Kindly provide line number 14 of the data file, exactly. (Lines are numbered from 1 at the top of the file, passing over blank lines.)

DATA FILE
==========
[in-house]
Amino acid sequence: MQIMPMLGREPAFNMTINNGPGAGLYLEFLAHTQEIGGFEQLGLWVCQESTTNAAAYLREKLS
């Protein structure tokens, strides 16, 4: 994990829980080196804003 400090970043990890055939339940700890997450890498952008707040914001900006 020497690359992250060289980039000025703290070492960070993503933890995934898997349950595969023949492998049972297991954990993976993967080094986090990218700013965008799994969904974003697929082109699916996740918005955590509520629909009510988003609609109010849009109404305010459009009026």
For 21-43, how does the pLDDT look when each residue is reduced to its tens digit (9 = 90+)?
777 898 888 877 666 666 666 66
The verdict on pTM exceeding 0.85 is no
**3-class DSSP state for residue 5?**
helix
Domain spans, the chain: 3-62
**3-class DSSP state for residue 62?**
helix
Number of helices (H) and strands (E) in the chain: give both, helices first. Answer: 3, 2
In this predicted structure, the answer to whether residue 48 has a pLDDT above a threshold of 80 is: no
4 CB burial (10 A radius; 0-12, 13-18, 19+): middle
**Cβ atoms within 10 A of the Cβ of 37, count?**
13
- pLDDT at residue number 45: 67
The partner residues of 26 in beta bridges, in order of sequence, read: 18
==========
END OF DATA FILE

4 CB burial (10 A radius; 0-12, 13-18, 19+): middle